30k with 30m visibility

This past Sunday was my first World Cup race of this season, a 30 kilometer classic race at the Holmenkollen in Oslo.  It was quite the experience!

The clearest, driest-looking photo of the day… race gear before the start.  Thanks to sponsors Fischer, Swix, Concept2 SkiErg, Toko, and Bliz as well as US Ski Team sponsors Craft and L.L. Bean for helping me get to the starting line, and looking good through the fog beyond it!


The day before our women’s 30k, the men raced a 50k on the same trails.  It was foggy and quite marginal visibility, but I went out on course to watch my brother during his last lap, and made it to the finish in time to see him disappear into the fog towards the finish line.  It didn’t seem like the fog could get much worse, but the forecast for the women’s race day included fog and rain too, and in fact the fog was thicker when we woke up Sunday morning! Still, while a sunny or clear day does often make the racing and spectating a bit more fun, we’re skiers and we train to be adaptable, to handle any conditions and any terrain.  So there wasn’t much to do but embrace the fog and prepare ourselves for an intense hour and a half of racing.

The race started at 12:15, so just before 11, after a fairly relaxed morning of eating breakfast and several snacks and double-checking my backpack full of race gear, I walked from our hotel over to the Holmenkollen venue.  Ski testing was confined to part of the race loop, as there was a junior relay race going on using the other section.  The proximity to the wax rooms wasn’t great – this is something I’ll have to adjust to, as World Cup venues often have a bit of a walk from testing areas/skiable snow to wax rooms or to the start.  I was just a little bit unrealistic with myself about my skis, they probably didn’t have quite as much kick as I needed, and I felt pressed for time in testing so did not get more klister applied – that was my mistake prior to the race, which did have some serious implications of slick skis during the first half of the 30k.  Eli Brown, my wax tech for the day, did a great job making both of my pairs of skis nice and fast, and when he heard my mid-race feedback that the first pair was slick, he dialed in the second pair to be much grippy-er. Thanks Eli!

It’s a rare race in which we actually use more than one pair of skis – the 30k is unusual in that one “ski switch” was permitted during the race as we lapped through the stadium.  Women lapped through the stadium 3 times, so we were able to choose which lap to switch skis.  Even though mine were slick, I opted to ski the first half of the race with the first pair, and save the second pair for the last ~17k of the race.  Once I switched, I was able to climb the hills better, and gradually regain lost ground.  Because I definitely lost a lot of ground at the start – in retrospect I know I was skiing frantically, which is not conducive to speed for me, and I was frantic to stay with the pack.  I need to ski long and powerfully and smoothly like I know how to do, and I lost touch with that at the beginning of the race, and was spinning my wheels for a while until I regained composure.  Having lost the lead pack, more like almost-everyone, I regrouped and made it my mission to stick with the people around me and hopefully move up towards the end. At this point the fog was a positive thing, because I stayed focused on my own race and on making my skis work, and I wasn’t distracted by the fact that (as I learned upon analyzing the splits afterwards) I was in pretty close to dead-last.  Oops…  So after a mediocre start, but one I can learn from, I slowly built into the race, and was pleased to be able to finish more strongly and pass several other skiers just before the end.  With such thick fog, I couldn’t see the skiers ahead of me until the time gap was perhaps 30″ or less. It might have been motivating to see packs up ahead earlier, but I worked with what I had and kept pushing my own pace, hoping that prey would emerge out of the fog.  I finished 36th, ready to learn from my experience, neither disappointed with nor ecstatic over my race feelings and result.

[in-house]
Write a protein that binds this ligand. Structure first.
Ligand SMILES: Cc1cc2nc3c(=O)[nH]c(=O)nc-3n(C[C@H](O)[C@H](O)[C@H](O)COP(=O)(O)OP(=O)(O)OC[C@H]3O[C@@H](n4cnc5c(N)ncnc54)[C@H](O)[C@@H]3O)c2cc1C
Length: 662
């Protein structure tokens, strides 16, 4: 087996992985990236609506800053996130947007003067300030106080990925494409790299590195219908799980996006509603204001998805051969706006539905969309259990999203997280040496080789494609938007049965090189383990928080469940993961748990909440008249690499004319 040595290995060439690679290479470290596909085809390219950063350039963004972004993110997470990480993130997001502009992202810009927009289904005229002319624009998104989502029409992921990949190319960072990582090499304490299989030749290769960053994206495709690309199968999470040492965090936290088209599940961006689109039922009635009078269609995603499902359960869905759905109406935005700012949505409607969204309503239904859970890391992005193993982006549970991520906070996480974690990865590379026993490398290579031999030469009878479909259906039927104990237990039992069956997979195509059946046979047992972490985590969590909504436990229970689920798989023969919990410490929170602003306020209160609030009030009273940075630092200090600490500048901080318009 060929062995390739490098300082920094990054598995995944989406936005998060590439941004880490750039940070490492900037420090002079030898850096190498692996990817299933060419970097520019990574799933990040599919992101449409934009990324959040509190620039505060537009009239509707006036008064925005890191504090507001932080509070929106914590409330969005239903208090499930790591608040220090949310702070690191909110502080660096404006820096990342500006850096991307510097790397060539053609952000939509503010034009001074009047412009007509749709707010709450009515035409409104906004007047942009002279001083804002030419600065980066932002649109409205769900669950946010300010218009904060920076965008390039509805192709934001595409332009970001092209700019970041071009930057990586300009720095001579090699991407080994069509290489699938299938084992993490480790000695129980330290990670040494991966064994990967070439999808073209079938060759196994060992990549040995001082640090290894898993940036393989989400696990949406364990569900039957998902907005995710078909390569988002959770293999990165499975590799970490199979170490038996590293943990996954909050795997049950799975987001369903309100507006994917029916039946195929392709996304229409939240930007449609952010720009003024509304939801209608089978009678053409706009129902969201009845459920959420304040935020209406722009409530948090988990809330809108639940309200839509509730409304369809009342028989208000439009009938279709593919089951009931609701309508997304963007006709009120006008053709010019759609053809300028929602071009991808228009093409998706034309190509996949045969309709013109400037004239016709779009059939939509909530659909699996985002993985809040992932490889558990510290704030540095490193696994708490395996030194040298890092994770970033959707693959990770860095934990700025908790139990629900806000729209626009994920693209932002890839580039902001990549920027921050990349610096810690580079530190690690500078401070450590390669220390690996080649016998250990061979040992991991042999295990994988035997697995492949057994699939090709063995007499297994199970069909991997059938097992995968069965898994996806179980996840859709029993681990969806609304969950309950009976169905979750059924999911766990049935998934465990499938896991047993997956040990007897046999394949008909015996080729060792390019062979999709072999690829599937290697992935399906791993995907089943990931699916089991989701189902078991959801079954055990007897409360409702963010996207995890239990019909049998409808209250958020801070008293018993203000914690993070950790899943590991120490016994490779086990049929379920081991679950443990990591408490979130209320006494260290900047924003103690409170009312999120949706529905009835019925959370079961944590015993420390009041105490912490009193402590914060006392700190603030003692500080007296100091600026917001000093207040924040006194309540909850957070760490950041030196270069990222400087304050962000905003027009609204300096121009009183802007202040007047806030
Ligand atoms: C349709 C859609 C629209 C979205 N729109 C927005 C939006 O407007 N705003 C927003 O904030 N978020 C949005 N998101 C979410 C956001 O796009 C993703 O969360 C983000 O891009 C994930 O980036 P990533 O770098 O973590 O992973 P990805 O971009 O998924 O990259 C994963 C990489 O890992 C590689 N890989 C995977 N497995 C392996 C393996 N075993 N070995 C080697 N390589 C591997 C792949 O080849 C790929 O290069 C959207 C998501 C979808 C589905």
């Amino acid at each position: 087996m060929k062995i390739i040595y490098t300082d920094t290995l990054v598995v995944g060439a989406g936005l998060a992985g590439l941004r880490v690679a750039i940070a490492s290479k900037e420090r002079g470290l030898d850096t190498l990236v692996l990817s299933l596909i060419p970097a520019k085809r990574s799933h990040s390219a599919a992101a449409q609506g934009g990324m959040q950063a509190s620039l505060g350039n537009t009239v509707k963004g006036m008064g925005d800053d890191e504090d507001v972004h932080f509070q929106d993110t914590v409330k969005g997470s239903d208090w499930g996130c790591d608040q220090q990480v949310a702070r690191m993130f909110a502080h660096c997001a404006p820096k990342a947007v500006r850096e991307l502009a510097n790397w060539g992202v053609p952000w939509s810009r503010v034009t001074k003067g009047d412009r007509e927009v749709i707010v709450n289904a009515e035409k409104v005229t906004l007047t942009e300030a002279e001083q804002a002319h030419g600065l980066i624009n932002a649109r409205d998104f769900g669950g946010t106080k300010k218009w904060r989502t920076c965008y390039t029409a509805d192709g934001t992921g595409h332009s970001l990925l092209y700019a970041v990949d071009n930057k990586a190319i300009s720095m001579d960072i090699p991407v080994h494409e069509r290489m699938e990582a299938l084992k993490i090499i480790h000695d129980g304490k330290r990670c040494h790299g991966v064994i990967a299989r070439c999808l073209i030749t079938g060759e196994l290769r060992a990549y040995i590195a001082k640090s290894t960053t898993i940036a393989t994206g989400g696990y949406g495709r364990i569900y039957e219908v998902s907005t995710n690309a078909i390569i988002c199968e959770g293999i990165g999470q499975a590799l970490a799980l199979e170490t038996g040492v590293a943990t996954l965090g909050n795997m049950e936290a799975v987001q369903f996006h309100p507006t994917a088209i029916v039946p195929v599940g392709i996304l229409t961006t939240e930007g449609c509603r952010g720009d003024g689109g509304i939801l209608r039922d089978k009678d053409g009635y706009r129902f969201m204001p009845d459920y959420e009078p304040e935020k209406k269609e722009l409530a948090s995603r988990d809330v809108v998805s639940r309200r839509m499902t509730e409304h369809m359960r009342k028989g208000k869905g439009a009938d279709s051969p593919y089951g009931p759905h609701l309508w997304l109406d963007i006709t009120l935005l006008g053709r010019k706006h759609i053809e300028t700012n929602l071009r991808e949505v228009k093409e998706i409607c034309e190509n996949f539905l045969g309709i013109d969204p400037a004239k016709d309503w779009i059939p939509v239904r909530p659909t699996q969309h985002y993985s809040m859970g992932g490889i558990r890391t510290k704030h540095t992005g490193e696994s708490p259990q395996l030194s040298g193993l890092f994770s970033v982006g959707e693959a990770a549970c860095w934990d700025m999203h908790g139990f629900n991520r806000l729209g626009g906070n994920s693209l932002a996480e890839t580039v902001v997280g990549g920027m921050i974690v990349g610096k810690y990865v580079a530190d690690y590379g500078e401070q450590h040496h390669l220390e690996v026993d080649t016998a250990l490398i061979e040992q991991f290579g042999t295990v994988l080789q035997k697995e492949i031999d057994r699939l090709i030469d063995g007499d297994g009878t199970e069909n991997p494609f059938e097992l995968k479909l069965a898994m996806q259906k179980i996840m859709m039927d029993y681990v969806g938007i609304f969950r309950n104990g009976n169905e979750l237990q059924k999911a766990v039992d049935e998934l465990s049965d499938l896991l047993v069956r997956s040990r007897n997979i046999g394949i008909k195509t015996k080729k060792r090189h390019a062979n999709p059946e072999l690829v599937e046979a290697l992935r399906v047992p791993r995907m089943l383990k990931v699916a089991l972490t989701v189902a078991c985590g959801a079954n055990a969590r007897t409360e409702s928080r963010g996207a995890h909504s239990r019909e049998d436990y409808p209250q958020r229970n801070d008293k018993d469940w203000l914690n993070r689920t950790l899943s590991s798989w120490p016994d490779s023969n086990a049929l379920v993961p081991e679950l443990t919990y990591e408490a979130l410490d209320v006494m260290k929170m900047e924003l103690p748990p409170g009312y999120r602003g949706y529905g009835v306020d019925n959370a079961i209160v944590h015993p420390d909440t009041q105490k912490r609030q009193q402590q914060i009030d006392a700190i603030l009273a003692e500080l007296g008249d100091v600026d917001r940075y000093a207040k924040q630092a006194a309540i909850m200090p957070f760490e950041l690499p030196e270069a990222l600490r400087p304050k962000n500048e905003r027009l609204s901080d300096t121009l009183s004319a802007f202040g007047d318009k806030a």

Enough of the descriptions, maybe I’ll make some more commentary on my race later, once I’ve had even more time to reflect!


Eurosport coverage on YouTube: crosscountryski.us, specifically this race:


Race report from Fasterskier: http://fasterskier.com/blog/article/bjornsen-leads-three-americans-in-top-25-at-soggy-holmenkollen-30k/

No photos of my race I’m afraid… not with that fog.  But here are two of Scott from the previous day:


Scott racing to 32nd in the 50k classic on Saturday. The fog was seriously even thicker than this on the next day, Sunday, when I raced the 30k.
Scott makes a face after his 50k race… is that exhaustion, relief, humor, happiness, or some of everything I see on his face?


And now we’re on to the next stop in the World Cup, Sweden, and a very different type of race is coming up tomorrow – the Stockholm City Sprint at the Royal Palace!  Look at www.fis-ski.com for results, and check back here in a few days for a post on Stockholm with plenty of cool-old-buildings photos!

Stockholm, where they roll out manmade snow around the Royal Palace for us to contest a classic sprint!

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